dressed sharp, with sport coat, scarf, Merck Records hat and fresh sneaks -photos by James Brennaman
January 30th I testified in front of the Washington state legislature. The House committee on Technology, Energy and Communications was considering House Joint Memorial 4028, a bill introduced by Representatives Bob Hasegawa and Deb Wallace, condemning the Federal Communications Commission’s decision in December to expand newspaper-broadcast cross-ownership and the process that the FCC followed in delivering their decision.
More than 1000 folks from around the northwest participated in the FCC’s final hearing on media ownership at Seattle’s Town Hall in November, demanding no further consolidation. A month later, the Republican FCC majority moved ahead, deregulating despite public outcry. Though it is a non-binding resolution, HJM 4028 asks the U.S. Congress to work in a nonpartisan manner to pass the Media Ownership Act.
Only two members of the public signed up to speak on the rainy Wednesday afternoon. I represented the public interest perspective and Mark Allon, the head of Washington State Association of Broadcasters represented the industry perspective. (KAOS is a paid member of WSAB.) We were brought up together to the front of room, and we seated ourselves in front of microphones facing the committee.
“fix the broken policymaking process, ensure public airwaves reflect America’s diverse local communities”
I was dressed sharp, with a sport coat, scarf, Merck Records hat and fresh sneaks. Mr. Allon was dressed conservatively, like the majority of suits on a given day at the Capitol. I’ve been to hearings at the Washington state capitol before, but this was my first time testifying. Mr. Allon invited me to speak first. I introduced myself, and identified KAOS radio and Olympia Film Society as two organizations that receive my volunteer efforts. I also asserted that I was speaking on behalf of the membership of Seattle-based nonprofit Reclaim the Media, then began with a preface.
“Whereas, freedom of speech and freedom of the press in America are protected by the Bill of Rights. Americans have a fundamental right to redress grievances with the federal government. The Federal Communications Commission is tasked with regulating our airwaves in the public interest.”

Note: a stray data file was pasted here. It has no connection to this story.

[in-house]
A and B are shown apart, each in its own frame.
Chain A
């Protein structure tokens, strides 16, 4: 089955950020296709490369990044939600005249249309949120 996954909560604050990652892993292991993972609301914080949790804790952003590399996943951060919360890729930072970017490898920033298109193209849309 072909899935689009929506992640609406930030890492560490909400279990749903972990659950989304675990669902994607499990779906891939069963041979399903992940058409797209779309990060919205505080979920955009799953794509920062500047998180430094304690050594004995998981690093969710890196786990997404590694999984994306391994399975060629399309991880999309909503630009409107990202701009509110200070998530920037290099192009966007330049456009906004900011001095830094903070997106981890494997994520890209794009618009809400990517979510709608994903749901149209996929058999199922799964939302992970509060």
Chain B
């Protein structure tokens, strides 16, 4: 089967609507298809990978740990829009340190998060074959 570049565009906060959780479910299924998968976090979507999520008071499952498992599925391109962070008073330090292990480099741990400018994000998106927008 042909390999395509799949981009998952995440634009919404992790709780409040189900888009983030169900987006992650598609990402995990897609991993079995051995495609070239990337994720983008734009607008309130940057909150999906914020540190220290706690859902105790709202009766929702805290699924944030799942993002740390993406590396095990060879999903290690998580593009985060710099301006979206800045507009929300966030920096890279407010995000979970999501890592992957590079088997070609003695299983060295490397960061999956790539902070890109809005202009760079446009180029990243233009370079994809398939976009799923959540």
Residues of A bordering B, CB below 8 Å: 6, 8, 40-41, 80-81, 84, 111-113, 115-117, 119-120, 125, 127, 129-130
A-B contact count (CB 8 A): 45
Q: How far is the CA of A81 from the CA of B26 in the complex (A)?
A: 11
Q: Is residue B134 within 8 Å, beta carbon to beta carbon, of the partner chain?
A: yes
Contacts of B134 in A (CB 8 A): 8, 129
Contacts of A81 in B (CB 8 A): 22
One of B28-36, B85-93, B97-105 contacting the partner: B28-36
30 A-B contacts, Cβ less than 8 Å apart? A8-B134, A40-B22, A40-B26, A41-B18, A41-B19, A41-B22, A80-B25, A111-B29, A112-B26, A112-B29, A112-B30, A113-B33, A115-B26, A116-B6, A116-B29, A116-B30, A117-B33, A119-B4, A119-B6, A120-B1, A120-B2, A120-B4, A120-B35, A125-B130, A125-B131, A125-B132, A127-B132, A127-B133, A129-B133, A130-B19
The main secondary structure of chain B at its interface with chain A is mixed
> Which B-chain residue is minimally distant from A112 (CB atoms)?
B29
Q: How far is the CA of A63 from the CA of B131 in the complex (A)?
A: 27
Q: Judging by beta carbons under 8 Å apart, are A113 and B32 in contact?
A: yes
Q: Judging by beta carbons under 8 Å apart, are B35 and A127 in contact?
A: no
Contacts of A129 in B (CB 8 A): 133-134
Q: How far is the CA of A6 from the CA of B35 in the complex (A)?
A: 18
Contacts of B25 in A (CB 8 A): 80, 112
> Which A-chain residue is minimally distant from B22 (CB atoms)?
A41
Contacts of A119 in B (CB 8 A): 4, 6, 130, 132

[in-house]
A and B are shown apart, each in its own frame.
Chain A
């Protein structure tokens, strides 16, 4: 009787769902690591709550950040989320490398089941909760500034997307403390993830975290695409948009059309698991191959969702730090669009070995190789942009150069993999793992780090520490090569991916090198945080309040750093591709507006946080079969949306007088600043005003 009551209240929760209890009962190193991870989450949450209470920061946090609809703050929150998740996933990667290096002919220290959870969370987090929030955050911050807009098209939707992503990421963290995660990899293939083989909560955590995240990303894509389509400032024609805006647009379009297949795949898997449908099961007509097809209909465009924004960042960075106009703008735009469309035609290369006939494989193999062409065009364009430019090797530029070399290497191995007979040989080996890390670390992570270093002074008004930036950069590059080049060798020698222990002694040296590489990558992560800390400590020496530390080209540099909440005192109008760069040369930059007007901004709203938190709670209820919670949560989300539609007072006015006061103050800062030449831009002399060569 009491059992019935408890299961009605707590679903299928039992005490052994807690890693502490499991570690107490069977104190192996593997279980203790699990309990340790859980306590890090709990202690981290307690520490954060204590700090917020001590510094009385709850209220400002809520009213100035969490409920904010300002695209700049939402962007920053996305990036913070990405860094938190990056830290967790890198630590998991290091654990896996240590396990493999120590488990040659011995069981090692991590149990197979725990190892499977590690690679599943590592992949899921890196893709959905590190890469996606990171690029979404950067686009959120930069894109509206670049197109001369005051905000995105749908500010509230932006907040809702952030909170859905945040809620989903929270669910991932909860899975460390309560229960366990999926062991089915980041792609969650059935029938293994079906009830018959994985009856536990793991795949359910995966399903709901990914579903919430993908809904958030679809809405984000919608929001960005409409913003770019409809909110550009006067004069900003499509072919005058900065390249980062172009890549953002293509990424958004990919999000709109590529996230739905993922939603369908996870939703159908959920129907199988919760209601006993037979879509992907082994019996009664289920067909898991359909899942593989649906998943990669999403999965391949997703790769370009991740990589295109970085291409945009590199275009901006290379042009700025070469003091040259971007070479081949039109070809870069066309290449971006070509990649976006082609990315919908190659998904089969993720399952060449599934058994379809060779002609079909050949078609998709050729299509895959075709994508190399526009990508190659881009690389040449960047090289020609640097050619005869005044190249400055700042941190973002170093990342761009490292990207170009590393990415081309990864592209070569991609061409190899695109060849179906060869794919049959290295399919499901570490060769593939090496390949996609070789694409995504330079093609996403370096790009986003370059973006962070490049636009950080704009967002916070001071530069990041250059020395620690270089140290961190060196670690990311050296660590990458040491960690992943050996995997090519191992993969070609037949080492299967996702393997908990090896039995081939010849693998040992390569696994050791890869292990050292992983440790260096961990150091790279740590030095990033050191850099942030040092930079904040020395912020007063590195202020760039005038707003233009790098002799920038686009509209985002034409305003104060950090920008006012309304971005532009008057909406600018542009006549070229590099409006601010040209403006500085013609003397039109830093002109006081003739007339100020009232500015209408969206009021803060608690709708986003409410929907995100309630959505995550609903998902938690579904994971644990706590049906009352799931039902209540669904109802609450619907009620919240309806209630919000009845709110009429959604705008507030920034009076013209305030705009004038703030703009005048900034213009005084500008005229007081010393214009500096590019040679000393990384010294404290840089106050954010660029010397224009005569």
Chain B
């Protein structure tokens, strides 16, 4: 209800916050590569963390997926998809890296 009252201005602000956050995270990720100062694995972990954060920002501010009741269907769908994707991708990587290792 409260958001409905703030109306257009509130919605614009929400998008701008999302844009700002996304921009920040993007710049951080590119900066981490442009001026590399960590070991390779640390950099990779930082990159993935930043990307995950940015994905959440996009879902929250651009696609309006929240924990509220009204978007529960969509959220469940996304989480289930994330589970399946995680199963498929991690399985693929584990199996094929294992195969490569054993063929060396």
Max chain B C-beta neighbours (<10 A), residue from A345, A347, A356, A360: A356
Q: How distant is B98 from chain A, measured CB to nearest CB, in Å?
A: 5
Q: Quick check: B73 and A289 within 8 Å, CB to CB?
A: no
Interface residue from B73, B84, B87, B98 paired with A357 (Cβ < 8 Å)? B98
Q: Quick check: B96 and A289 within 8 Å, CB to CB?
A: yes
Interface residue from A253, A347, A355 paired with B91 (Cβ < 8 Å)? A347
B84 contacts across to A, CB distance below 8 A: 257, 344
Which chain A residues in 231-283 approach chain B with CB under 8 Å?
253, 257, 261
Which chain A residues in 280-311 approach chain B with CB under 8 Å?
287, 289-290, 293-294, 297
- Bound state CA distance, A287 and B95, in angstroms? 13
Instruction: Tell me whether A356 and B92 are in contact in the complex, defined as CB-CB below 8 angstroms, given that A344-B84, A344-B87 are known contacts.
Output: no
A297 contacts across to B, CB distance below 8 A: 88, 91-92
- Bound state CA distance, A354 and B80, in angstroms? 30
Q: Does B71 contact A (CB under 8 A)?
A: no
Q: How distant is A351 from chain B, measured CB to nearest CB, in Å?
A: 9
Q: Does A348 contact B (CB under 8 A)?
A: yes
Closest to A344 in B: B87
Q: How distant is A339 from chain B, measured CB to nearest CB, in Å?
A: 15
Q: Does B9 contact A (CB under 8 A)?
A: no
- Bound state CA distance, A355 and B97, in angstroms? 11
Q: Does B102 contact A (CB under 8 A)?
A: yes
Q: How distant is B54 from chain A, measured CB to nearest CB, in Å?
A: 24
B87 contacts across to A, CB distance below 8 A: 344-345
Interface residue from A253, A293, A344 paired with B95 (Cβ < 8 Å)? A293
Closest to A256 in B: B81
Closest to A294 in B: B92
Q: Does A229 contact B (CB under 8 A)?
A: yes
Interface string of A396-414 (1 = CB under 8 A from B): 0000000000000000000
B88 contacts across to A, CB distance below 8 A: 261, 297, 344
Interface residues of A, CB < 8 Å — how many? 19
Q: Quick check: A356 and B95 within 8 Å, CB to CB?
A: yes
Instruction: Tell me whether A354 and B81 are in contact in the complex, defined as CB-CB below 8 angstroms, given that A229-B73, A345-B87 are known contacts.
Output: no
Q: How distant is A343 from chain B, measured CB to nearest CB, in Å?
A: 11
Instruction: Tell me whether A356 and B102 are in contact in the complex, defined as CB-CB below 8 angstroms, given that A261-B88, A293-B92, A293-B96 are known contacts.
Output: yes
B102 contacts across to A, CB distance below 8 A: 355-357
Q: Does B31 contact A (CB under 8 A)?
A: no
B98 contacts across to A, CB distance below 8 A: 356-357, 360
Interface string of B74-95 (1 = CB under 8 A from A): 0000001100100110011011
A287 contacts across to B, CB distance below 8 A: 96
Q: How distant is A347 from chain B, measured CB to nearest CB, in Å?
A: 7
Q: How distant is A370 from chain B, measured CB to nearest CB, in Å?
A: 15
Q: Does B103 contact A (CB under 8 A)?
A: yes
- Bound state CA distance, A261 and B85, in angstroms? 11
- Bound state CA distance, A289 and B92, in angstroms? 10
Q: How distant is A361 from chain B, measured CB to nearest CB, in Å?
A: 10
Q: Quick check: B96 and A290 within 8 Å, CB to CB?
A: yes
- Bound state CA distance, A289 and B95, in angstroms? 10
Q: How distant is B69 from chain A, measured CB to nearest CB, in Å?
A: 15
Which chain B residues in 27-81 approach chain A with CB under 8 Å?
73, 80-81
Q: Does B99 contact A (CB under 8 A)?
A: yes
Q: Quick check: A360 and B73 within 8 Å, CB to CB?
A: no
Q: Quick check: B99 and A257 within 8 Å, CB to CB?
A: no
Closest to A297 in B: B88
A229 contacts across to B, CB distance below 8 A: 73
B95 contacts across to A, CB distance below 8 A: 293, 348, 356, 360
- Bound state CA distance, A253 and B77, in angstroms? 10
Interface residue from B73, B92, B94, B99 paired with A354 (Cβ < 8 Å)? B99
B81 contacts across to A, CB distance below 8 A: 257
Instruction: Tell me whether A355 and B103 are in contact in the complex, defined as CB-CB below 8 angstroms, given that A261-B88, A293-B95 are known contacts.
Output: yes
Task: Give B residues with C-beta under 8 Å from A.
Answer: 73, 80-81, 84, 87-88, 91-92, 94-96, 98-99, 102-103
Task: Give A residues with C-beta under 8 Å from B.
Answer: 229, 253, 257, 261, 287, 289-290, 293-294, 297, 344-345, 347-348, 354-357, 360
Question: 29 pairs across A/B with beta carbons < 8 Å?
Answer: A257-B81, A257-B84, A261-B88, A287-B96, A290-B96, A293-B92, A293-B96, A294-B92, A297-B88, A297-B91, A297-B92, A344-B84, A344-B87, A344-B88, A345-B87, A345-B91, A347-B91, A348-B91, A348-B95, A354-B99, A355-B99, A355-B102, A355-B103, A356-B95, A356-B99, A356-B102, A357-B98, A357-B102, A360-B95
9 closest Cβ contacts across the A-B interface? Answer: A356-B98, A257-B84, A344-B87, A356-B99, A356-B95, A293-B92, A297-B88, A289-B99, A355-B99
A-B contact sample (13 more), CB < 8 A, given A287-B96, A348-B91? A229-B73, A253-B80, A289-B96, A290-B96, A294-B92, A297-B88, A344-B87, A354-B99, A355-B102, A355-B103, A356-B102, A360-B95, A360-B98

I knew that at least some members of the committee were following me at this point, and operated with the assumption I was connecting. I moved on.
“I believe the FCC should always strive to gather public testimony, study reliable academic and professional research and regulate transparently based on real input. Former FCC chair Michael Powell said infamously at a scripted convention speech in 1998 that the night after we was sworn in as a commissioner at the FCC he waited throughout the night for ‘the angel of the public interest’ to visit him. He said, ‘I waited all night, but she did not come.'”
At the delivery of this punch line of sorts, a couple committee members seemed amused. I felt encouraged, and continued.
“The studies commissioned during the Bush administration, first under chairman Powell and now under chairman Martin, have been ignored when legislative action could expand low-power community radio FM service and suppressed when news coverage could expose the hypocrisy of the current leadership’s nefarious agenda.”
The committee chairman interjected at this point, telling me that I need to watch my words, because we shouldn’t use the committee testimony to impugn. I assured him I understood, though under different circumstances I might have insisted that there is plenty of very public evidence to back up what I was saying. Nevertheless, I continued.
“To give chairman Martin some credit, this year he commissioned studies he knew he would like. Those haven’t been covered up.”
A couple more nervous laughs emanated from the committee, but I was feeling shaken, and out of place.
“Given the state of the studies and the response to reports, and considering the FCC’s practice of… OK I’m going to skip this part.”
This brought a surprising outburst of laughter from the committee. I was going to say the FCC has been privately notifying favored lobbyists of rules and hearings, but it didn’t matter. I was beginning to sense the committee was already on board. So I hit them with the goods.
“It is fundamental that Americans seize our opportunities to testify in front of the FCC commissioners, their staff, the media and the public, whenever we can get an opportunity. On November 9th I was one of more than 1000 members of the public who turned out to oppose further media consolidation. Democratic Governor Christine Gregoire and Republican Attorney General Rob McKenna as well as elected state and federal legislators from both parties including Representaive Hasegawa implored the FCC not to deregulate!
Please pass the Joint Memorial 4028 and send a clear message representing Washington. We need to fix the broken policymaking process and help ensure the public airwaves reflect America’s diverse local communities.”
I also pointed out that the Media Ownership Act passed the Senate Commerce Committee unanimously in December and then Democrat Jay Inslee and Republican Dave Reichert introduced the bill in the House in December as well. At the end of my testimony the chairman thanked me, saying it was very good.
Ironically, despite making a very strong case, Mr. Allon referred to one of the studies recently commissioned by FCC chairman Kevin Martin. I had already primed the committee to reject it. I felt like Mr. Allon was not expecting to have an articulate college student speaking against him, and when he finished, he left. After a brief recess, the committee returned and voted unanimously to support HJM 4028 and the passing of the Media Ownership Act by Congress.